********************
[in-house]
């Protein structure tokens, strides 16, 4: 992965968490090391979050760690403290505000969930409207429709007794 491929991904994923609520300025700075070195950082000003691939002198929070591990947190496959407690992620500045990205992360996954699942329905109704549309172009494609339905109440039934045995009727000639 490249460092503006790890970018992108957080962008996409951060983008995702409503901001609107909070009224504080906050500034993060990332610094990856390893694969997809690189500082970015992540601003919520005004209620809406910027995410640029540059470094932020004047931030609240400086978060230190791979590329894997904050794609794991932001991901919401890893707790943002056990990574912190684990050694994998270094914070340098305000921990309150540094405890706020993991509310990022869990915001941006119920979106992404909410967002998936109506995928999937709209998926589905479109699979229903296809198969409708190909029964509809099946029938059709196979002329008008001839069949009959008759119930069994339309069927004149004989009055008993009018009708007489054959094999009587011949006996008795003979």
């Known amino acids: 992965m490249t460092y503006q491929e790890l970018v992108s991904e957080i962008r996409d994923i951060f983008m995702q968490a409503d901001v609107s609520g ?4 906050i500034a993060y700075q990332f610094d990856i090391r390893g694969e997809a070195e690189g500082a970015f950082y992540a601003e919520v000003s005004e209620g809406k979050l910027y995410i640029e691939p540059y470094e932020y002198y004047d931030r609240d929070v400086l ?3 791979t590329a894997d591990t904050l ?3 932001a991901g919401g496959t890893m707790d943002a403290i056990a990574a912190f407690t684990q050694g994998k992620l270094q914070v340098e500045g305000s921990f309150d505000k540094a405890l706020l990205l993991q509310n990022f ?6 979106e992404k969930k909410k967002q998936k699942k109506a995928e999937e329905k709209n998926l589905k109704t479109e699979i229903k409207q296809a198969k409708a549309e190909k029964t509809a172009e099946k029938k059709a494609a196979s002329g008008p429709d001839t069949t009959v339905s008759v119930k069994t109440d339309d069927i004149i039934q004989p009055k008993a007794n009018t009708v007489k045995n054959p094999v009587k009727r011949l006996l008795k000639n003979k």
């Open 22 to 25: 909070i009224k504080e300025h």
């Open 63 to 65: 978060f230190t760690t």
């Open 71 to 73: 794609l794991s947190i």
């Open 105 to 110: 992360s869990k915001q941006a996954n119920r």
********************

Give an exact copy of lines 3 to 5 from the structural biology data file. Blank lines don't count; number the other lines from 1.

């Known amino acids: 992965m490249t460092y503006q491929e790890l970018v992108s991904e957080i962008r996409d994923i951060f983008m995702q968490a409503d901001v609107s609520g ?4 906050i500034a993060y700075q990332f610094d990856i090391r390893g694969e997809a070195e690189g500082a970015f950082y992540a601003e919520v000003s005004e209620g809406k979050l910027y995410i640029e691939p540059y470094e932020y002198y004047d931030r609240d929070v400086l ?3 791979t590329a894997d591990t904050l ?3 932001a991901g919401g496959t890893m707790d943002a403290i056990a990574a912190f407690t684990q050694g994998k992620l270094q914070v340098e500045g305000s921990f309150d505000k540094a405890l706020l990205l993991q509310n990022f ?6 979106e992404k969930k909410k967002q998936k699942k109506a995928e999937e329905k709209n998926l589905k109704t479109e699979i229903k409207q296809a198969k409708a549309e190909k029964t509809a172009e099946k029938k059709a494609a196979s002329g008008p429709d001839t069949t009959v339905s008759v119930k069994t109440d339309d069927i004149i039934q004989p009055k008993a007794n009018t009708v007489k045995n054959p094999v009587k009727r011949l006996l008795k000639n003979k």
């Open 22 to 25: 909070i009224k504080e300025h």
């Open 63 to 65: 978060f230190t760690t």